why do the navy wear bell bottoms

In the early 19th century, when a standardized uniform did not yet exist in the, some sailors adopted a style of wide trousers ending in bell-shaped cuffs. In 1813, one of the first recorded descriptions of
' uniforms, written by, noted that the men on the frigates United States and Macedonia were wearing "glazed with stiff brims, decked with streamers of, blue jackets buttoned loosely over, and blue trousers with bell bottoms. " The British had often been a leader in nautical fashion, but bell-bottoms did not become part of the standard uniform until the mid-19th century. These "bell-bottoms" were often just very wide-legged trousers, rather than shaped trousers that flared below the knee. They continued in use as a distinctive feature of the RN rating's " " uniform until replaced by more conventionally flared trousers in 1977. Although the trousers of the present-day uniform of the are still referred to as "bell-bottomed", they simply have large straight legs. The wearer's thigh fills the upper trouser leg, making the bottom of the pants leg appear flared. This style has been popular for many years, perhaps originally because the trouser leg can be rolled up easily, allowing the wearer to work in bare feet, but there is no reliable documentation that confirms a specific timeline or reason for the popularity of bell-bottomed trousers in naval apparel. 1960s, 1970s and 1980s In the 1960s, bell-bottoms became fashionable for both men and women in Europe and North America.


Often made of denim, they flared out from the bottom of the calf, and had slightly curved hems and a circumference of 18 inches (46Pcm) at the bottom of each leg opening. They were usually worn with shoes, or. , who was a when the 1964 concert film the was released, appeared in the film wearing bell-bottoms with a baby doll blouse. Bell-bottoms are mentioned in the popular 1971 music single " " by blues-rock group. In the 1970s, bell-bottoms moved back into mainstream fashion; helped popularize bell-bottoms in the US by wearing them on. The pants were typically flared from the knee down, with bottom leg openings of up to twenty-six inches. Made from denim, bright cotton and satin polyester, they were so popular that they became a symbol of the outlandish and colorful style of the decade. Loon pants (shortened from "balloon pants") were a variant on bell-bottomed trousers, with an increased flare. They were worn occasionally by go-go dancers on the British television music variety show in 1966. Elephant bells, popular in the mid-to-late 1970s, were similar to loon pants, but were typically made of.


Elephant bells had a marked flare below the knee, often covering the wearer's shoes. The preferred shoes were with at least 2 inches (5. 1Pcm) thick and heels 4 to 5 inches (10 to 13Pcm) to keep the pants' hems off the ground. After the rise of in the late 1970s, bell-bottoms began to become less-fashionable as the decade drew to a close. By 1979, skin-tight trousers were much more in vogue, with bell-bottoms been seen as having had their day, remaining in fashion circa 1968-78. A major revival of bell-bottoms occurred in 1988, when bands such as, and re-introduced them during the. Today, original bell-bottoms from the 1960s and 70s are collectible. In 1996, women's bell-bottoms were reintroduced to the mainstream public, under the name "boot-cut" ("boot-fit") trousers as the flare was slimmer. By 1999, flare jeans had come into vogue among women, which had a wider, more exaggerated flare than boot-cuts (boot-fits). The boot-cut (boot-fit) style ended up dominating the fashion world for 10 years. By around 2006, the bell-shaped silhouette started to fade as the skinny jean rose in popularity. , the founder and editor-in-chief of FocusOnStyle. com, commented "It's as if all the girls wearing premium boot-cut (boot-fit) jeans threw them away one day, and the next day began wearing skinny jeans and flats. " However, boot-cuts (boot-fits) and flare jeans never entirely went away, and both of these styles remain relatively popular today [ when? both in denim fashion and higher-quality office wear. [ [ when? among modern Scandinavian youth. [ Women's boot-cut jeans are tighter at the knee than men's, and flare out from knee to hem.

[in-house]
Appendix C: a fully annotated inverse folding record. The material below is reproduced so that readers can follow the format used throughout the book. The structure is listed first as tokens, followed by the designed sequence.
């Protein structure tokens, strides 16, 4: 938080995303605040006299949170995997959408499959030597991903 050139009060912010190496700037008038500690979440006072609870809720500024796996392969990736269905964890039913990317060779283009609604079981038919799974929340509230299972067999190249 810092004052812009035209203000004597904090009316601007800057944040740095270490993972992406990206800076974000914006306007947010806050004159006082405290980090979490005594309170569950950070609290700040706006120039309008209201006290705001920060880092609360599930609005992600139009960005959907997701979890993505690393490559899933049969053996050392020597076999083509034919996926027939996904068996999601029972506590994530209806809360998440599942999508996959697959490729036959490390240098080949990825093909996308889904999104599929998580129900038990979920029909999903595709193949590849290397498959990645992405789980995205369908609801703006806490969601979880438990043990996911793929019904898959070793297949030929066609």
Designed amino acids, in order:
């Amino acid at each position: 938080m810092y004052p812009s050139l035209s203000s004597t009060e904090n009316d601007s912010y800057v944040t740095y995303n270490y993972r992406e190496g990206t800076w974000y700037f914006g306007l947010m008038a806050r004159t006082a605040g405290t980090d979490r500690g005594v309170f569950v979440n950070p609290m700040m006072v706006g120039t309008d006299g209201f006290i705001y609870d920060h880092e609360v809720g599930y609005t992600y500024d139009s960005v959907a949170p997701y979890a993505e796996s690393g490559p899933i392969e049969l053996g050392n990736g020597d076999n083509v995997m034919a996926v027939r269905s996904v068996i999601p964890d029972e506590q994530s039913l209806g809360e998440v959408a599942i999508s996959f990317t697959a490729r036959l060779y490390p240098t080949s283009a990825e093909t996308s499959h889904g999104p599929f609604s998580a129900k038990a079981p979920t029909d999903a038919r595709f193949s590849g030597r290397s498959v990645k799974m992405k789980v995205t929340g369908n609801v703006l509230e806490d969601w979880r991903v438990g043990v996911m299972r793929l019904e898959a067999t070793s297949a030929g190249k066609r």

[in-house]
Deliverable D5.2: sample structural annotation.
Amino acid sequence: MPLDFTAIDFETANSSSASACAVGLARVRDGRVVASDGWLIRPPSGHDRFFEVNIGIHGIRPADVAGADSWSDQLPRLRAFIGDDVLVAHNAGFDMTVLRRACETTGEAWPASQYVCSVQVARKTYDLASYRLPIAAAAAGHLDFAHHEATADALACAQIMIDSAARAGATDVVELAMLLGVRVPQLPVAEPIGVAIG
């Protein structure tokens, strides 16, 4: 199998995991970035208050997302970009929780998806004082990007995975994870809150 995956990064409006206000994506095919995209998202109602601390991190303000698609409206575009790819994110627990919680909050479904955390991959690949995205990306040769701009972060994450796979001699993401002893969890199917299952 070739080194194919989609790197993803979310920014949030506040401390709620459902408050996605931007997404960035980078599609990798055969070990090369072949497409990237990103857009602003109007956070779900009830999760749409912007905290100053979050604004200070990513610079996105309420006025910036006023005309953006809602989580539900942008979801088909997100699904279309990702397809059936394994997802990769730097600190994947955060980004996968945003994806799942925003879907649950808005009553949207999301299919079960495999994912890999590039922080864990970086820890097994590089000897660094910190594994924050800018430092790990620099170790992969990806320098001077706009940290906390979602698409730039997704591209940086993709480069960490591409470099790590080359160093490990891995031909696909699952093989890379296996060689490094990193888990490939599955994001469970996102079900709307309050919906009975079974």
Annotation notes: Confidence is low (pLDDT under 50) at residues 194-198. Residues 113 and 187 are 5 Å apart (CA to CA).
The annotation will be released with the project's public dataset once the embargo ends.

Men's styles are traditionally straight-legged, although the pants came in a more flared style in the early and mid 2000s, but this was optional. The bell-bottoms of the 1960s and 1970s can be distinguished from the flare or boot-cut (boot-fit) of the 1990s and 2000s by the tightness of the fabric at the knee. "Over the years many reasons have been put forth to explain this peculiarly nautical style. These range from that old, tired war horse, 'Sailors did not generally wear shoes, so their trousers were flared to protect bare feet,' to 'bell bottoms were easier to roll up when conditions required a sailor to climb the rigging. ' Most theories as to the origin of this style have little credibility and fall into the category of wishful thinking. Whatever the real reason, reliable documentation validating any assertion was lost long ago. "

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